Former engine chief charged in connection with plot to rig emission tests
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This article is being republished as part of our daily reproduction of WSJ.com articles that also appeared in the U.S. print edition of The Wall Street Journal (September 29, 2017).
BERLIN -- The investigation into Volkswagen AG's emissions-cheating scandal took a dramatic turn Thursday, when the former engine chief of the auto maker was arrested in connection with its rigging of diesel-powered cars to dupe regulators, a person familiar with the situation said.
Wolfgang Hatz was arrested on Wednesday and arraigned before a judge in Munich on Thursday, after which he was held in pretrial detention, the person said. It wasn't immediately clear whether Mr. Hatz would be released on bail.
The arrest is significant because Mr. Hatz oversaw engine development at the time Volkswagen engineers devised a plan to install illegal software on some diesel engines to make them appear as though they could meet strict restrictions on tailpipe emissions in the U.S.
Mr. Hatz, the most senior executive to be arrested in the investigation, was also a confidant of Martin Winterkorn, the former chief executive of Volkwagen who resigned days after the scandal was made public. Mr. Winterkorn has denied any knowledge of the use of illegal engine software to game emissions tests. He hasn't been accused of wrongdoing in connection with the investigation.
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A motor-racing enthusiast, Mr. Hatz joined Volkswagen in 2001 and spent much of his career in engine development, with earlier stints at BMW, Opel and Fiat. He ran Audi's engine-development program from 2001 to 2007, when he also served as Volkswagen's engine chief.
In 2011, he was made a board member at Porsche AG, Volkswagen's sports-car maker, in charge of research and development. At Porsche, he was instrumental in developing the engine with which Porsche won the 24-hour Le Mans race in 2015. He also played a key role in developing Porsche's first electric sports car, the "Mission E," meant to rival Tesla cars when it is launched in 2019.
German authorities wouldn't identify Mr. Hatz by name, citing the country's privacy laws. They would only confirm that a person had been arrested on Wednesday in connection with an investigation into the role of Audi, Volkswagen's luxury-car unit, in the emissions-cheating scandal.
That person, they said, appeared in court on Thursday where a judge read out the charges of fraud and illegal advertising.
U.S. environmental regulators disclosed in September 2015 that Volkswagen had installed illegal software on some diesel engines used in cars that were sold to American consumers. Volkswagen then admitted to installing the software on millions of vehicles world-wide.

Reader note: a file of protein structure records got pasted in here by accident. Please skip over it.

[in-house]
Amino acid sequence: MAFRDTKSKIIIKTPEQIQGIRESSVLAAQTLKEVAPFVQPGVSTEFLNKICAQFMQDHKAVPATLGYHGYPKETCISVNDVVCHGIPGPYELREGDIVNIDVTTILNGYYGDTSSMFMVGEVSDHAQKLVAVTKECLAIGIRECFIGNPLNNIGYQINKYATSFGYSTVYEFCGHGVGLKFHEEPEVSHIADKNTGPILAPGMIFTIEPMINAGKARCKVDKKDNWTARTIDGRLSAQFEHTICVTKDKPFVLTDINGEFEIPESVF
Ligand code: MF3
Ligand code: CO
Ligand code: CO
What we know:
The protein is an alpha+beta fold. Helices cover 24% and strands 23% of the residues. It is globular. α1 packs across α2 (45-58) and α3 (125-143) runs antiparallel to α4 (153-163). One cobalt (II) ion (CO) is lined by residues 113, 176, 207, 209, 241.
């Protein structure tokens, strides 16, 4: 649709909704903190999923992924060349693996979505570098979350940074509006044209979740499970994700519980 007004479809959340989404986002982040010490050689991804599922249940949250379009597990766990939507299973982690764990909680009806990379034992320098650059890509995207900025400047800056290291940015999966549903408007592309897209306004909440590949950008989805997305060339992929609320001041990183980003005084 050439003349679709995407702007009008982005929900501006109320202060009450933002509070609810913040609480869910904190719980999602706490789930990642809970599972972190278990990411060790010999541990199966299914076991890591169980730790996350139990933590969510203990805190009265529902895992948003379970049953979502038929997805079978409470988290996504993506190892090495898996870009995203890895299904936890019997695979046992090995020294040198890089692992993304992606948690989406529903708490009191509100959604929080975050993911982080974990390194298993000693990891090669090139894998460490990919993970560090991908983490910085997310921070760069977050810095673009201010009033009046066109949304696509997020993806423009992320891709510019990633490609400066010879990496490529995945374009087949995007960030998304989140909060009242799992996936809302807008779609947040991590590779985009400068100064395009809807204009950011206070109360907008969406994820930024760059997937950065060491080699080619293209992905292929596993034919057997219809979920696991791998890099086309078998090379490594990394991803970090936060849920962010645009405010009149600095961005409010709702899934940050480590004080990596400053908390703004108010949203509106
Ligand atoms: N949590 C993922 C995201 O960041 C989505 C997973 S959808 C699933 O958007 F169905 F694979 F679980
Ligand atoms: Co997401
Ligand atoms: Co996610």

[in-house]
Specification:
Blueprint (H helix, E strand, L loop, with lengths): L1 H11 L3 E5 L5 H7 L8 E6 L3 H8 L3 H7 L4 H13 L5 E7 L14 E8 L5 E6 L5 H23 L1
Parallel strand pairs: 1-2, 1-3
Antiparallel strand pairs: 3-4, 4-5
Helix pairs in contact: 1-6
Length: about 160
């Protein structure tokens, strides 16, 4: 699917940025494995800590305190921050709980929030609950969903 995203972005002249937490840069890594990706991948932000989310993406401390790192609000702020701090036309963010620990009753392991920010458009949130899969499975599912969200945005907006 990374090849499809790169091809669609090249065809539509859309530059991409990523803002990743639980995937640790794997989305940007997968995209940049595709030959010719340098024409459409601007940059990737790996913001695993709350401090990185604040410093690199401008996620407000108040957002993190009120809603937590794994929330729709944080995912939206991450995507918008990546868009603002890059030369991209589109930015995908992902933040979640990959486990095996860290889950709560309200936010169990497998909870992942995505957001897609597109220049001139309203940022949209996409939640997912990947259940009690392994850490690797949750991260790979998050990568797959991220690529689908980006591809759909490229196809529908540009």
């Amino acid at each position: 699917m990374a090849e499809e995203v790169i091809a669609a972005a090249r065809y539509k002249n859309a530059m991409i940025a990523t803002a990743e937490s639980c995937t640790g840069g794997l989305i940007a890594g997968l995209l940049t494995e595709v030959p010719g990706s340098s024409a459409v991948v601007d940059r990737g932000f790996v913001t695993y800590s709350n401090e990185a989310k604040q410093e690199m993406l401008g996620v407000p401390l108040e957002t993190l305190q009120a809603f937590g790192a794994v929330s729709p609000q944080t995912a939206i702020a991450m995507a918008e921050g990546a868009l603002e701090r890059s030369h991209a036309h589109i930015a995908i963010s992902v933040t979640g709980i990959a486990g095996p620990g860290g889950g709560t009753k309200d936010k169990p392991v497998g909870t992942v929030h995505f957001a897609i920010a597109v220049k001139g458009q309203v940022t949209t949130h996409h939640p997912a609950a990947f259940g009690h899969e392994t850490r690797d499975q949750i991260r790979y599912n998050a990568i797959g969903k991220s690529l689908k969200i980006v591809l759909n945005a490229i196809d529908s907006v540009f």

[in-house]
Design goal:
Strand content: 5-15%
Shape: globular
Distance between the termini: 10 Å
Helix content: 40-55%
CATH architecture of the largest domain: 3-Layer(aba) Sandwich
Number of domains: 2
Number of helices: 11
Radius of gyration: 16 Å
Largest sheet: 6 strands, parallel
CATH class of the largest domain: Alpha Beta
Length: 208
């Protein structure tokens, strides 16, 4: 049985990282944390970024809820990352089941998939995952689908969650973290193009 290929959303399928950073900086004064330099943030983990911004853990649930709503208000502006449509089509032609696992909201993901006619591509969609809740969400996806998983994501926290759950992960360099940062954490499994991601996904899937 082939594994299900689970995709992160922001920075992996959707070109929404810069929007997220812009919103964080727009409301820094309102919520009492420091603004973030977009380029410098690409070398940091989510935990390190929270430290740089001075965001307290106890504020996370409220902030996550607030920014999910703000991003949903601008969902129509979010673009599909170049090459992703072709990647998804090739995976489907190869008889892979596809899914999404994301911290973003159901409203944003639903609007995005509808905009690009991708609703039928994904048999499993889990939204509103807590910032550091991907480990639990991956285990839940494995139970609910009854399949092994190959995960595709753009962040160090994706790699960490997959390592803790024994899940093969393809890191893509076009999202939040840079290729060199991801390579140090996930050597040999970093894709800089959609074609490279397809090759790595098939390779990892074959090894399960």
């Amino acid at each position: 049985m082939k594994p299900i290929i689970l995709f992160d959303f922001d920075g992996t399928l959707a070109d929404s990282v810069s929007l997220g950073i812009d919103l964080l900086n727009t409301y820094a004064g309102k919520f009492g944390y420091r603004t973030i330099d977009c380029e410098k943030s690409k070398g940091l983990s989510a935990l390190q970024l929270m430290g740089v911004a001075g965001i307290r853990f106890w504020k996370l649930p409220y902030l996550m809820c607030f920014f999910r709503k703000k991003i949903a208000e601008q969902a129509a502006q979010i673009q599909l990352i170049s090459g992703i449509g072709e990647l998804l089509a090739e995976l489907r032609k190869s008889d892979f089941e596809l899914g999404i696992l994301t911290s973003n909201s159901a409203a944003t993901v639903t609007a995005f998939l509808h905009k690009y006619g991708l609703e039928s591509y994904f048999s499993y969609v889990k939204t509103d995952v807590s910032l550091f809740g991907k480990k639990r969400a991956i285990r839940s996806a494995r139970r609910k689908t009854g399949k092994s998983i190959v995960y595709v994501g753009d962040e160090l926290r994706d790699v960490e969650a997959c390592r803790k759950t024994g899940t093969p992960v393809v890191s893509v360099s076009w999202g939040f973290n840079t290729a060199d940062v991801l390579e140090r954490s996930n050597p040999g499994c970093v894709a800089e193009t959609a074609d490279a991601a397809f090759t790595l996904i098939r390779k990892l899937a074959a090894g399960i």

The Justice Department has indicted several Volkswagen employees and former employees in connection with the scandal. Two Volkswagen employees pleaded guilty in the U.S. One has been sentenced to serve 40 months in prison. Another is in prison awaiting sentencing.
Engineers at Volkswagen rigged 2-liter diesel engines for compact cars that were used by Volkswagen and some of its other brands to turn on emissions controls when the car was being tested and to turn controls off when the car was back on the road.
At Audi, engineers installed the software on larger 3-liter diesel engines that were used by Audi, Porsche, and Volkswagen in larger sedans and sport-utility vehicles.
Although German investigations have been under way for two years, authorities have charged only two people. Prosecutors in Braunschweig have said they are investigating nearly 50 people in connection with the scandal, including Mr. Winterkorn.
Law-enforcement officials raided Audi's offices in March, arriving shortly before the company was preparing to hold an unrelated news conference, as dozens of journalists and stock-market analysts looked on.
In July, police arrested Zaccheo Giovanni Pamio, a former Audi employee who was head of thermodynamics in the car maker's engine-development department.
Mr. Pamio was the first person arrested in Germany in connection with the Volkswagen scandal. Mr. Pamio hasn't commented on the charges, but his lawyer in Germany has said that Mr. Pamio is cooperating with investigators. He is currently in jail in Germany.
The U.S. government has indicted eight people, including Mr. Pamio.
Most of the former managers who have been charged are in Germany and out of the reach of U.S. authorities because Germany doesn't extradite its citizens. Mr. Pamio is an Italian citizen and could be extradited to the U.S. It isn't clear whether the U.S. has requested his extradition.
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(END) Dow Jones Newswires
September 29, 2017 02:47 ET (06:47 GMT)